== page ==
Horace Purdy Journal October 1864 Entry

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10/1 Saturday - Pleasant and cool. I went to the shop in the morning, but there being no work, I went home and helped Burr Bradley get a load out from his gun. In the afternoon, John Cosier and myself went hunting. We got 3 woodcock and 1 quail. I gave my share to him. Gussie and I went up to Nelson Nickerson's in the P.M. Gussie went with me to market in the evening. She came home leaving me to attend the caucus preparatory to the town meeting next Monday. I understand that the Copperheads' meeting last evening in Concert Hall was a small affair. The attendance was good. But the speaker (Bond) was a blackguard and produced no sound arguments to substantiate his doctrine. The speech was low slang and abuse of the administration. He uttered some of the foulest lies. For instance, saying in the face of Sherman's, Sheridan's and Grant's great victories that the army has never been successful and have not gained one single victory. 10/2 SUNDAY - Stormy. On account of the rain, I did not start for church until 11 o'clock. Brother Hill exchanged with the New Canaan minister a one armed man, Carroll by name, who preached for us. I stayed to Sunday School, which was slimly attended and then came home and wrote to George in the afternoon. I mailed it in the evening, also a Harper's Weekly. Gussie attended prayer meeting with me in the evening. 10/3 MONDAY - Town Election. No work in the shop. Mr. Cocking paid his rent (or rather his wife paid it for him) this morning. Cleaned my gun before breakfast or commenced and finished it after breakfast. I went to A. G. Crosby's Coal Office to see John Cosier. From there to the shop and then down to the courthouse and voted. Previous to going to the shop, I called at the car building shop at the Depot and got the ages of Manton Bailey and William Warren of their father. From the courthouse, I home by way of the Post Office and Swift's News Office. Father Griswold came home on the morning train and voted before going home. I took a nap after dinner and about 2 o'clock went to the shop for my pay. Walked down to the courthouse again with Burr Bradley and back up to John Cosier's office. From there home and picked some apples for Father Griswold. Just before going to the shop for my pay, Mr. Harris came with my barrel of cider and helped me in the cellar with it. I went in the evening to hear Major Haggerty speak at Concert Hall for Lincoln and Johnson and the Union. It was an excellent speech. He is young but decidedly smart. He was preceded by a _____ who accompanied him. Time after time, he brought down the house with great applause. A few Copperheads in the meeting and quite a number outside seemed disposed to make a disturbance but he was not one of that kind to be bluffed off and told them so. The result of our town election was a majority for us (Republican) of 184. James S. Taylor for First Selectman by majority. O. H. Swift for Town Clerk 178. 10/4 TUESDAY - Cloudy in the morning, but it finally came off pleasant. There being no work in the shop, I finished weeding my strawberry bed. I went downtown before dinner. Called at Parmalee and Bradley's store and while there, agreed with Haviland to go hunting in the P.M. I ate dinner and went down to Dr. Lacy's and got his dog. Met my comrade at Benedict's factory in West Street and started. We went up by Oil Mill Pond, through Terry's Woods and over to a little swamp near Granville Ambler's entrance to his land. We ran 2 rabbits in a stone wall and got them. I shot a High Hole and a Blue Jay. He shot a chipmunk. I took home rabbit and gave him the remainder. Burr Bradley and wife came in to spend the evening. She stayed with Gussie while Burr and I went to Hatters' Meeting. Burr came back home with me and then went home with his wife. 10/5 WEDNESDAY - Pleasant and warm. Gave Lieutenant Governor Averill the list of men and their ages who have come of age since entering the army in the 17th Regiment, viz. George S. Purdy, 23 years, August 13th, 1864, Mr. H. Warren, 22 years old, March 2, 1864, James S. Bailey, 23 years old, September 25, 1864, William Otis, 22 years, September 7, 1864, Theodore Morris, 21 years, October 13, 1864. Averill is to write by the first mail to Colonel Noble and get furloughs for them in possible to come home, be made freemen and vote in the coming presidential election. I came home about 11 o' clock. Walked up with John Cozier. After dinner, I finished picking beans in the garden. Hattie Gregory, a niece of Walter F. Olmstead, living neighbor to us was married this P.M at 3 o'clock at the Baptist church. She married _____. Gussie went to see them married. After which, I met her near Benedict and Nichols' store and we tried to match some oil cloth which we have but could not. After getting my papers at the Jeffersonian Office, I found some horrid mistakes in George's letter published in it. I returned to the office before they finished striking off the papers and had the errors corrected and exchanged the copies I had for some more which had been corrected. I then came home and after tea put one for George and another for his friend in St. Augustine, Mr. Arnie Allers . I also wrote a letter to George, the writing of which made me too late for class meeting. I went down in the evening and mailed the papers and letter. Called at Jeffersonian Office and showed Ashley more mistakes and laughed at him about them. Milford Ruff (sp?), an apprentice at the Pahquioque Shop who enlisted in a New Jersey regiment for 100 days returned home on a train this evening, his term of service having expired. 10/6 THURSDAY - I went to the shop this morning, expecting work, but there being none, I went up to Alden G. Crosby's Coal Office and sat a while with John Cosier. We finally concluded to go hunting. We got ready to go just before dinner, but on account of the appearance of rain, we waited until after dinner. In the meantime, we bought a wad cutter and cut a lot of wads. It continued so lowery with some fine rain that we gave up going. I left my gun at his house rather than bring it home in the rain. I came home and got 12 bushels of potatoes from Father Griswold's cellar into mine. Gussie went up to Mrs. Sanford's and to the cemetery in the forenoon. I went up for her just at night and stayed to tea. I came home with her as far as the Union Club rooms and stopped there until the cars came that I might get the news and the mail should there be any for us. The papers say that General Grant's advanced position near Richmond is strengthened. Gold went up about 3 per cent today. Smith Pulling brought me a pot of butter - 30 lbs. I not being home could not pay him. 10/7 FRIDAY - Clear and pleasant today. Had work all day in the shop. While we were drinking tea, Aunt Louisa and Mary Purdy came in. I went to the Union League in the evening. Walked home with David Bradley. Paid Smith Pulling $3.00 towards my butter bill of $15.00. 10/8 SATURDAY - Pleasant and grew cold all day. Cold as winter in the evening. Worked hard all day in the shop. The Copperheads hoisted a McClellan banner about 6 o'clock this evening. Gussie went with me to market in the evening. The evening post gives us good news of the army of the James. Butler has been attacked by the rebels but has repulsed them splendidly and drove them within their inner line of entrenchments. 10/9 SUNDAY - Pleasant in the morning. Cloudy in the P.M and evening and cold as winter. I have shook with cold all day except when close to the stove. Brother Hill preached in the morning from Acts 4:4. Sunday School prayer meeting at noon, at which Brother J. W. Nichols read to the school a letter he received from George. Sacrament in the P.M. at which Brother Crawford assisted. Martha Stevens, or rather Martha Downs, as it is now, is home on a visit with her baby and a colored servant. She was at church this morning. Mr. Cocking shot a pigeon hawk while over to Mr. Lynes' doing the chores this evening. We moved our houseplants from the piazza into the parlor just at dusk. We feared to leave them out another night on account of the cold. Mrs. Judson, Harriet Ely's mother, died. 10/10 MONDAY - Cold last night. A severe frost this morning. We finished up our work in the shop today. I got mine done at noon. There is no time set when we will have more to do. Mrs. Stone washed and cleaned our bedroom upstairs for us today. Mr. Cocking moved over to Mr. Lynes' this morning. They are to do as they did last year, hold my rooms to store their goods and live over there this winter during the absence of Mr. Lynes and family. While we were drinking tea, Harriet came in. I walked downtown with her. Called with her at Dr. Buckley's office to get some medicine. She went to Dr. Lacy's where she is now staying and I went to Societies Meeting at the church. The following trustees were elected for another year: George Starr, George Hull, E. S. Davis, Mr. S. White, Henry G. Fanton. A. N. Gilbert spoke for the union at Concert Hall. After leaving the church, I spoke with John Cosier for a few minutes at the hall. The house was filled to overflowing. We the saw Fred Jackson about going hunting tomorrow. 10/11 TUESDAY - I mailed a Harper's Weekly with two republican campaign documents to George this morning before breakfast. I went hunting with John Cosier, Fred Jackson and dog. We were gone all day. We got separated about sundown and did not get together until we met at John Cosier's. I got there first. I brought home some everlasting for Gussie to make a wreath for me. I went downtown in the evening. I came home as soon as the mail came. 10/12 WEDNESDAY - Pleasant in the morning. Cloudy after dinner and commenced raining about 4 P.M. and was raining hard when we retired. Mrs. Stone helped us clean house. We cleaned the pantry and bedrooms. I helped them all day, not leaving home until evening, when I went down to get the Jeffersonian, to market, to the Post Office and to hear Ethan Allen of New York speak for the Union in Concert Hall. I stayed but a short time, the house being too damp and cold for me not having an overcoat. I went from the Hall up to see how John Cosier stood the hunting excursion yesterday. I found him feeling first rate. Previous to going to the Hall in the evening, I called a t Dr. Lacy's to see Harriet about getting some wood for her, etc. She gave me $8.00 to get a cord of wood for her. 10/13 THURSDAY - Pleasant but windy and cool. Before breakfast, I went to the Post Office and mailed a Jeffersonian to George and called at Dr. Lacey's to get his bird dog to go hunting. The doctor having come home last night, the boy would not let him go without first seeing the doctor. And he not yet being up and I being in a hurry, did not wait. After breakfast, I took my gun and started without a dog. I went to Fish Ware, Fox Pond Hollow, Mount Tour, Long Ridge Town Mountain and home, making it about 5 o'clock when I came in. My game was 2 red squirrels, a Shide Poke, and chipmunk, the chipmunk I did not bring home. The squirrel, I gave to Mother, as I came home that way. 10/14 FRIDAY - Cooler than yesterday. I went in the forenoon to A. G. Crosby's Coal Office to see if he had any hickory wood (I wanted some for Harriet). From there, I went to the shop to see what was doing and found that they had sent a boy for me to finish a dozen brush hats. I got there ahead of the boy. The hats were not quite ready, so I went again about 3 P.M. and squared them up (they being full stiff) and cut out a dozen tips for them, ready to finish them tomorrow. Before dinner, however, I went up on Clapboard Ridge to Mr. Elwell's (sp) with Mr. Jacob Fry for a calf which he had bought. While there, I bought a bbl. Of Roxbury Russet apples for $2.25 of a man from Stony Hill, Weed by name. He had bought the apples of an orchard of Russell Hoyt I think and was gathering them. I had the pipe fitted to a stove and put it up for Harriet up home. My apples came about 5 o'clock. After tea, I went into the street, waited until the mail came and came home. 10/15 SATURDAY - Pleasant. I have had a dozen black brush hats to finish today. Mrs. Charles Brokerton called just last night to see if we had heard from the boys in the 17th Regiment. Before tea, I filled the low places between my Trope de Grand strawberries with earth. I went to market in the evening. Called a few minutes at the Republican Club Room, took a letter from the post office for Harriet and walked home with my neighbor John Green. While in the street, Henry Ely spoke of hedging their cemetery lot joining mine to give us a chance to do mine at the same time. They want to hedge theirs next week. Wallace Pine lost his child about 6 o'clock this evening. They went down to Starr's Plain to old Captain Pine's. A dog came toward the horse barking and frightened him, throwing them all out. The child struck his head upon a stone and killed him instantly. Wallace Pine is a colored man living near us. 10/16 SUNDAY - I went up home before going to church this morning to carry a letter to Harriet which I took from the post office last night and to get my lead pencil which I left there on Friday when I put up Harriet's stove. Brother Hill preached from Genesis 19:15-20. Sunday School Concert at the 1st Church in the P.M. A Mr. Pardee of New York was there. It looked so much like rain at noon that I came home and did not attend the Sunday School concert. Gussie took care of Josie in the afternoon to let Harriet go. Commenced a letter to George. After tea, went over to Bro. McDonald's to get his horse to take Gussie to the cemetery. Could not get it. He was going to use it. So I walked up alone. I found Henry Ely up there. We talked a little about hedging our lots which join. I mailed Harper's Weekly with some Republican campaign documents enclosed to George. Mr. Pardee delivered an address to their congregation in our church in the evening on Sabbath Schools. Gussie and I attended about 3 P.M. The sun came out pleasant. The evening was clear and delightful although pretty cold. I wore an overcoat in the evening for the first time this season. 10/17 MONDAY - Pleasant. After breakfast, I went up to the cemetery and dug a trench in which to set a hedge around our lot. Went up to Mr. Down's nursery with Henry and Abijah Ely to look at the evergreens for the hedge. After dinner, I went to the shop. Squared up a dozen drab brush hats for tomorrow. Got my pay and came home. I then got my stove down from Father Griswold's barn and commenced blacking it before tea. After tea, Gussie and I went downtown and bought 2 yards of oil cloth 2 yards wide for $2.25 per yard. We then came home and before retiring I finished blacking the sitting room stove and drew the tacks from the sitting room carpet preparatory to cleaning tomorrow. Father and Harriet both received letters from George today, but none for me. 10/18 TUESDAY - Pleasant and warmer today. I had the 1 one half dozen brush hats to finish today, $3.00 per dozen. I burned one which cost me. Mrs. Stone cleaned house for us today, the sitting room and the sink room. I helped her shake carpet at noon. When I came home from work about 6 o'clock, the whole neighborhood was out looking for Josie Wheeler who was lost. I immediately went searching myself. A general alarm was given by ringing the bells. He was finally found at the lower end of Main Street. Butler G. Noble, ex-governor of Wisconsin spoke for the Union at Concert Hall this evening. I went in to the street and into the Hall for a few minutes but could not stay of account of nailing down carpet and putting up a stove which I have just completed at 10 one half o'clock. Before retiring, I finished a letter to George. 10/19 WEDNESDAY - Before breakfast I went down and mailed my letter to George. After breakfast, I helped Gussie move her plants from the parlor to the sitting room. Before we finished doing it, Harriet Mills called to see us. I then called at the shop, but there being nothing to do, I went down to see if Fred Jackson would go hunting with me. He could not go, but lent me his dog. I went over to Mill Plain Swamp, to Miry Brook and to Benjamin Norris' and engaged a cord of hardwood for Harriet. I came home by way of Mill Plain and Edward Hull's to see if I could buy some apples, but could not. Bell came down while we were drinking tea to have me to go up and fix Harriet's curtains. I went down to Jackson's to take Milo home and then went up. It took me until nearly 10 o'clock to put them up. James Birdsell, being intoxicated, tried to drive his horse and wagon across the railroad bridge just below the old crib (sp) shop and was run over by the freight train going down this evening. His horse was knocked down between the ties and suspended to the timbers by portion of the harness, but was finally extricated without serious injury. I believe the man had his leg badly mangled and was otherwise injured. Dr. Bennett amputated his leg. 10/20 THURSDAY - Worked all day in the shop on 1 one half dozen drab brush hats. About 5 P.M., the bells began to ring. We at the shop supposed it to be a fire, but soon learned that it was for another victory by Phil Sheridan in the Shenandoah Valley. We captured 43 guns, one major-general and several thousand prisoners. We had one general killed, three others wounded. The 'Evening Post' gave the particulars. The cannon was fired about 9 o'clock in the evening in honor of the victory. I mailed the Jeffersonian and New York Daily Tribune to George. I tried to get a Post, but could not. At the Republican Clubroom, I saw Henry Ely and paid him $2.00 for Arbor Vitae trees for hedging around my cemetery lot which joins his. A load of soil was also included in the $2.00. The man who had a leg amputated last night it is thought cannot live. 10/21 FRIDAY - James Birdsell died last night or this morning from the effects of the amputation of his leg and other injuries received at the time of the accident. I went to the shop this morning, but there being no work, I went hunting. I went down to get Fred Jackson to go with me but he had just gone in company with a schoolmate. I got Dr. Lacey's old dog, Major, and hurried on to find Fred but did not. I was gone all day and got 2 quail and a robin. I went to the depot in the evening and met Mother Griswold. She has been up in Hartford County on a visit. John Cosier, who has been away for a week came home on the train this evening also. Later - John Cosier came home from his visit on the freight train Wednesday P.M. instead of this evening. 10/22 SATURDAY - No work in the shop. In the forenoon, I borrowed Mr. Lyne's horse which Robert Cocking drove into town and rode up to the cemetery to see the new hedge around our lot. After dinner, I walked up, borrowed a wheelbarrow and shovel of Mr. Day and took the dirt off our lot which was left there after setting our hedge. Gussie went over to Daniel Starr's and in the meantime and about the time I came home, Harriet Purdy came down and wanted more Belladonna and Aconite medicine. I was alarmed when she said that Mother had taken all that she took from us the other day as it was the liquid medicine from which we put only 4 or 5 drops into a half tumbler of water. I suppose there was about 30 drops of it which she put in a half glass of water. There was about the same of each Aconite and Belladonna. But instead of hurting Mother, it did her good as she is much better than usual today. Gussie went with me to market in the evening. We made a fire in our sitting room stove for the first time this evening. 10/23 SUNDAY - Pleasant in the morning, cloudy in the P.M. Brother Hill being sick, I understood that Mr. Robertson, Pastor of the 2nd Congregational Church, would preach for us in the morning, so accordingly, I went for the first tome and heard Brother Hawley at the Episcopal Church. I went to our Sunday School as usual, and there learned that Chaplain Ambler preached for us instead of Robertson. Robertson preached for us in the P.M. and I went to the Baptist church and heard Mr. Stone. George Bell and bride were there. Bell came to our house to tea. She went with us to prayer meeting in the evening and went home in company with Mr. Squire's folks. As I went to prayer meeting, I mailed a copy of Harper's Weekly to George. It had very much the appearance of rain when we retired. 10/24 MONDAY - I went to the shop in the morning, but there being no work, I went up to A.G. Crosby's Coal Office and sat awhile with him and John Cosier. John and I arranged to go hunting in the P.M. I went down to Mr. Jackson's to get his dog, but Fred had just gone hunting himself. I arranged to have the dog whenever I want him if they are not using him. He wishes me to use him as often as I can in order to train the dog. On my way home at noon to prepare to go hunting, I found Dr. Lacey's dog (Major). He followed me and I was glad to have him do so. We went over to Fish Ware and Mill Plain Swamp. We came across Henry Rider with his gun. We all three hunted together. Rider got 2 woodcocks. Cosier got 2 woodcocks and I, one woodcock and a quail. Rider wanted the quail for his wife who is sick, so I exchanged with him my quail for a woodcock. Cosier gave me his two and I gave Mother Purdy 2 and Mother Griswold 2. It rained a little before we got in. After tea, I went home and carried two woodcock for Mother, while Gussie gave the other two to her mother. 10/25 TUESDAY - Cloudy in the morning with every appearance of a storm. But after dinner, it came off beautiful. I went to the shop in the morning, expecting work but had none. I came up to Alden G. Crosby's Coal Office and finally arranged to go hunting in the P.M. with John Cosier. Crosby found me ammunition if I would give him what birds I shot. Before going, however, I arranged with Mr. McDonald and Crawford for a horse and saddle to ride in the procession tomorrow at the mass meeting. I had Old Major, Dr. Lacey's dog. I shot a quail and a woodcock and gave them to Mr. Crosby in the evening. I received 4 letters from George by the morning mail. He has been detailed from his company for a musician in a Regimental Brass Band. In the evening, I went to the Union Club Room, and to an extra session of the Union League. Before retiring, I wrote a hasty letter to George. 10/26 WEDNESDAY - A great Union Mass Meeting. The day has been beautiful. I rode Mr. McDonald's horse in the cavalcade. The speaker's stand was built on the old Fairgrounds near the cemetery. The speakers were Col. M. Depew, General Gault of Arkansas and Colonel Noble of the 11th Regiment. The procession was about two miles long. After the speaking was over I assisted to load chairs and settees and take down the arch over the entrance to the Fairgrounds. I was in consequence late home to my tea. Father came down in the evening and brought us a chicken and then went to hear the speaking at Concert Hall. I went up to the Jeffersonian Office for my paper and returned and spent the evening at home. I mailed a letter to George early this morning, also one for Gussie to Bloomfield. The procession was as follows: in the cavalcade of horsemen 250, of which 26 were ladies wagons, 305, whole number of horses, 633. 10/27 THURSDAY - Copperhead mass meeting. The speakers were ______________________. Their cavalcade numbered 66 of which 10 were ladies. Whole number of wagons 238. The day has been cloudy and a little cool. Avery Raymond brought me a barrel of apples, greenings priced at $2.25. At the same time, he took Father Griswold's cider barrel to fill for him. Fred Dunning wanted me to hunting with him, so about 2 o'clock we started. We saw but little game and shot none but the dog pointed on one quail and caught it in the grass before in could fly up. It was dark when we got home. I went into the street in the evening and mailed a Jeffersonian with some campaign documents enclosed to George. I called at the Club Room and at Swift's News Office to wait for the train which was quite late. There has been a Republican Mass Meeting today at Bridgeport, and I learned this evening since the arrival of the train that it was a success and a grand affair. The Copperheads are holding forth this evening at Concert Hall and are applauding with great earnestness expressions like the following. This is a wicked, unholy and infamous war and never should have existed. 10/28 FRIDAY - Stormy, no work in the shop. Bought a hat for George's friend, the postmaster at St. Augustine, Mr. George Cole, price, $5.00. I sent it by mail; the postage was 78 cents, weighing 13 ounces at 6 cents per ounce. I put it in a band box. I wrote a letter in the evening to Mr. Cole about the hat and enclosed the bill - $5.78. I wrote to George also, stating that I had mailed the hat to Mr. Cole. Fanny came home on the freight train this evening from Hartford County. She brought me 2 dozen of Griswold's Salve. 10/29 SATURDAY - No work on the shop. I went hunting in the afternoon with John Cosier. We went up by Philo Wildman's and nearly to Neversink Pond. We came home down through Tamarack Woods and by the cemetery. I got 4 quail, John got nothing. I gave the birds to Alden Crosby for the powder and shot he bought for me for that purpose. I had Mr. F. G. Jackson's dog, 'Milo'. Gussie went with me to market and to take Milo home in the evening. While we were hunting, it rained for a while and we got pretty wet. 10/30 SUNDAY - Brother Hill preached in the morning. Harriet attended Methodist meeting in the forenoon to tell me to get a team if I could and come for Mother at noon and take her to church. I got Thomas Lyon's horse and did so. A Mr. Buckley, who has been preaching at the 1st Church preached for us in the P.M. Lt. Colonel Moegling of the 11th Connecticut Volunteers was buried from the 1st Congregational at 2 P.M. I did not go out in the evening, retired early. We have had sunshine and clouds during the day, but no rain. A special train from Norwalk bringing Norwalk Military Company and Masons to Mr. Moegling's funeral. 10/31 MONDAY - Pleasant. I have had work all day in the shop. I worked as long as I could see and longer too to finish off my dozen and get out of the way of the other men as these are to be numbers for the blocks tomorrow. Mrs. Stone did three weeks' washing for us today, she not being able to come last week as usual on account of her being sick. They have been making Freemen at the Courthouse today. I brought home an old paper box from the shop and cut into gun wads after tea. I went to market for Mother Griswold in the evening and called at the clubroom to hear the evening news. The news is that the official news of the Pennsylvania soldiers' vote is 12,000 for the Republicans. The horse trainer has been here today. He gave a public exhibition in the street.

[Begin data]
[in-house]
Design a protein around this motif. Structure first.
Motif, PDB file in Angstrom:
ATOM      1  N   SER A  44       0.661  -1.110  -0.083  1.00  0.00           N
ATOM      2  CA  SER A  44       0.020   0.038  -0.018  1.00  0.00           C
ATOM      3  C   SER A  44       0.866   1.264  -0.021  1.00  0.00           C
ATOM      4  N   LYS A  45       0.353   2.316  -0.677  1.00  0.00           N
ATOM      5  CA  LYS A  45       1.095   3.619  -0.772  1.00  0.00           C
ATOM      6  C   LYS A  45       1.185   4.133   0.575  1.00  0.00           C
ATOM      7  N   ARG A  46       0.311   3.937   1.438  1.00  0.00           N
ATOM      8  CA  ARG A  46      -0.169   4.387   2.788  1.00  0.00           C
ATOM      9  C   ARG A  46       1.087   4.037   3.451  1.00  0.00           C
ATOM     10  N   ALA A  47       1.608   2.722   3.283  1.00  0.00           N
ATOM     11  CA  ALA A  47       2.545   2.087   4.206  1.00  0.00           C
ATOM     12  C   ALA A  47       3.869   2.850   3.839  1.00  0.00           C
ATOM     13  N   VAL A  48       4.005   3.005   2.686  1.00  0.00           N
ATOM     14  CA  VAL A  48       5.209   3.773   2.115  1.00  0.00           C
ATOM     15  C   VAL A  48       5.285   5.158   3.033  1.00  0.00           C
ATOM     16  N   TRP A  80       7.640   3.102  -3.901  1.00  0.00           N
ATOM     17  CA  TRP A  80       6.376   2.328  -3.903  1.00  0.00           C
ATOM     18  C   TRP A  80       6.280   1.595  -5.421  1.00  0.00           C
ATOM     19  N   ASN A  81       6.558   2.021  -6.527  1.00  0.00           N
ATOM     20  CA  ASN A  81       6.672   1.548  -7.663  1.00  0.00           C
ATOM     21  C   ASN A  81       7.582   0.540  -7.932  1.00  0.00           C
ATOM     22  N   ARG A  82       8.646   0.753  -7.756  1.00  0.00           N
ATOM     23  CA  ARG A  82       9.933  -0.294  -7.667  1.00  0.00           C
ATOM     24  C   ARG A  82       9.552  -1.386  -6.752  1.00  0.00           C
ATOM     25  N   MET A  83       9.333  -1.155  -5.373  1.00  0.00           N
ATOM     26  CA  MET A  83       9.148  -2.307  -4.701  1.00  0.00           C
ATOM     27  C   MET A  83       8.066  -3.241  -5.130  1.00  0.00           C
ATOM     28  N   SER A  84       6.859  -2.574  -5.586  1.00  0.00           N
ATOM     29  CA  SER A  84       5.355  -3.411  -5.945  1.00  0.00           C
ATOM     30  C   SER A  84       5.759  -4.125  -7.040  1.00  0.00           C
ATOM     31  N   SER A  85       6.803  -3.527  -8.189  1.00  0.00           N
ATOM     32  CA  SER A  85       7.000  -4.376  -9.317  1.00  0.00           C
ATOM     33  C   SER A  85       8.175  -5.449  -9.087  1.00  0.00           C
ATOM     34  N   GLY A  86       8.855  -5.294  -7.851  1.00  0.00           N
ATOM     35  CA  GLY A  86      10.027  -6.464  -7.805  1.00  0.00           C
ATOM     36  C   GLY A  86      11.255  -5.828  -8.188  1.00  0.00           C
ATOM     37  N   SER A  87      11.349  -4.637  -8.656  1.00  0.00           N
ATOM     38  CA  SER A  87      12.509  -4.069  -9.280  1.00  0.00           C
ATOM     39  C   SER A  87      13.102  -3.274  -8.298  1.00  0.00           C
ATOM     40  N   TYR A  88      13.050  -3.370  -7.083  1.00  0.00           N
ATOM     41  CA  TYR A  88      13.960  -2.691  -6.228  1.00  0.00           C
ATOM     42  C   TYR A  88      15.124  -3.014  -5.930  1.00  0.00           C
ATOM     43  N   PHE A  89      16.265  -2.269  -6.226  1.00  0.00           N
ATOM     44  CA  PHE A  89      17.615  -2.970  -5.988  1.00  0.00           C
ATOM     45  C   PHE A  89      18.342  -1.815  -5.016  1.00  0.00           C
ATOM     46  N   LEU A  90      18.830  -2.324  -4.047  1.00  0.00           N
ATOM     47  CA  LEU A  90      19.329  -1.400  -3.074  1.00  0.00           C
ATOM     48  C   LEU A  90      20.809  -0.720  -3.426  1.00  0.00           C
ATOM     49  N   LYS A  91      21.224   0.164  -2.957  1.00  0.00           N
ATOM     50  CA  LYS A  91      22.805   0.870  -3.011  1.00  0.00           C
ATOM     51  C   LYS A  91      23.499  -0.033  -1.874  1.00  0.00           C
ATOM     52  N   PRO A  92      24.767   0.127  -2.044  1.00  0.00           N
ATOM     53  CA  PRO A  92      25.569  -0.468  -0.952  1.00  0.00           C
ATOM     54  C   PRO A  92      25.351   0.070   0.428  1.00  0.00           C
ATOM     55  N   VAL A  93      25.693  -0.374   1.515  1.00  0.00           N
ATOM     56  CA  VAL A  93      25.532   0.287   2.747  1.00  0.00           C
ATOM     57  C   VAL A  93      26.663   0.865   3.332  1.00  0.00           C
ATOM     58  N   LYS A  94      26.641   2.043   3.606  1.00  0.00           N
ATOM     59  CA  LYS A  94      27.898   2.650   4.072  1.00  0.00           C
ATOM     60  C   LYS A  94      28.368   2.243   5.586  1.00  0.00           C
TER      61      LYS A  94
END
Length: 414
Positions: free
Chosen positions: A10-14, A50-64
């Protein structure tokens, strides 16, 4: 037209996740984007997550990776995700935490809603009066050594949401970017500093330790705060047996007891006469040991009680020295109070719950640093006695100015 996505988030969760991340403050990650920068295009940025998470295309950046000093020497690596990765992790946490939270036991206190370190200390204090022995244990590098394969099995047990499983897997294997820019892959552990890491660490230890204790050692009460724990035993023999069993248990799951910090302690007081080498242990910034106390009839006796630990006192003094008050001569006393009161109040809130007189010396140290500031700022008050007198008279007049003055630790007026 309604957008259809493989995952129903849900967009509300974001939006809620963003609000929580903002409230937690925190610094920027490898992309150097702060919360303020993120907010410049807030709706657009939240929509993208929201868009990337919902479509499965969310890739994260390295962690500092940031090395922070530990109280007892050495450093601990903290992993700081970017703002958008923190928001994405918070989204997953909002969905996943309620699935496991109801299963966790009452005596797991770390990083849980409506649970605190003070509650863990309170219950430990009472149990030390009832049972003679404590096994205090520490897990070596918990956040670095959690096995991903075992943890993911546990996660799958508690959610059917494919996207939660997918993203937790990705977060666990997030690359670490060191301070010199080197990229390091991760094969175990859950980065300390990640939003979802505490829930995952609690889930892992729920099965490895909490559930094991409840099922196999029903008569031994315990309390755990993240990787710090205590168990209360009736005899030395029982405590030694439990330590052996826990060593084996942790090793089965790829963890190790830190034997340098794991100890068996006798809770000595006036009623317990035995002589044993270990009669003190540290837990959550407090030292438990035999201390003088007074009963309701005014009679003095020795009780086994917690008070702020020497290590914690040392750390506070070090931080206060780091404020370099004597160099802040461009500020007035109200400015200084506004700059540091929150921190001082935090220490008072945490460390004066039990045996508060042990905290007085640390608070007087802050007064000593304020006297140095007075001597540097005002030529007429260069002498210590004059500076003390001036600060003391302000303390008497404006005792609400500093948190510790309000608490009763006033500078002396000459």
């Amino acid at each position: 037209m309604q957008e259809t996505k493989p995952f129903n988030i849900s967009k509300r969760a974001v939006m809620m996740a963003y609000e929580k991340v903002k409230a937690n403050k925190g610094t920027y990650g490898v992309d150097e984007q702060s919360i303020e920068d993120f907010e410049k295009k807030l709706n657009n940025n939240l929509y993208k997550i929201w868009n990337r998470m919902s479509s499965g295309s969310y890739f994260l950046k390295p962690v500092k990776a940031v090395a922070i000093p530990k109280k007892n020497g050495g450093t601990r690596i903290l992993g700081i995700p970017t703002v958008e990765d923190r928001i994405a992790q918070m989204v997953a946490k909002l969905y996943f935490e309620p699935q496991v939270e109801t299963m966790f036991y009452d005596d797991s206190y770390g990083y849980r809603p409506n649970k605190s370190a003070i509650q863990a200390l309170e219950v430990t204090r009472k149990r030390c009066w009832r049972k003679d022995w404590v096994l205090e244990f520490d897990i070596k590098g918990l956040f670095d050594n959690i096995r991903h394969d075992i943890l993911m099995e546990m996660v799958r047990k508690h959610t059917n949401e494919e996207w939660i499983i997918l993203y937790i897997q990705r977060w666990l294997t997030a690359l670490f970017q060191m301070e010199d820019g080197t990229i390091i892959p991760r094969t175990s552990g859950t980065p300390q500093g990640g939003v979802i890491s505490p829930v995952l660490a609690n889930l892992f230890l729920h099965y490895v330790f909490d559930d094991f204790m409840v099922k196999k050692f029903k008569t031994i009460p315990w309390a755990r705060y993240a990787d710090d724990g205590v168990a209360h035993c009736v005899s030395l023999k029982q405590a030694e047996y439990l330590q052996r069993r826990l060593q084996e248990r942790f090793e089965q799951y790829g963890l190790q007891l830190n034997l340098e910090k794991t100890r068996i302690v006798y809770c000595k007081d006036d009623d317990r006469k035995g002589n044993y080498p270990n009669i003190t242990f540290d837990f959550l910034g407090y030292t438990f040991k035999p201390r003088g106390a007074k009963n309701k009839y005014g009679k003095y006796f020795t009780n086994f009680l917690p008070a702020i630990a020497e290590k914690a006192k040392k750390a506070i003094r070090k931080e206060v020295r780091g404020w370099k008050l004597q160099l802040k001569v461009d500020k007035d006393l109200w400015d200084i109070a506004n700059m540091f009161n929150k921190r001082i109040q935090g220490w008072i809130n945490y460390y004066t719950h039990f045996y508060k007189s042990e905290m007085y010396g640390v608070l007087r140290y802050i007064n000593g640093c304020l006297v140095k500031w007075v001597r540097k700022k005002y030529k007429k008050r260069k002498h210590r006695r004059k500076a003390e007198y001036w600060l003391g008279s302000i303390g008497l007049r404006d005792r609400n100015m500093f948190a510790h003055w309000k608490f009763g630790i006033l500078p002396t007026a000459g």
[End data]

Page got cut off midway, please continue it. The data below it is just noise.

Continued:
Purdy, Horace, 1835-1909. “Horace Purdy Journal October 1864 Entry.” Horace Purdy Journals, MS 044. WCSU Archives, 9 July 2019. Accessed on the Web: 18 Nov. 2019.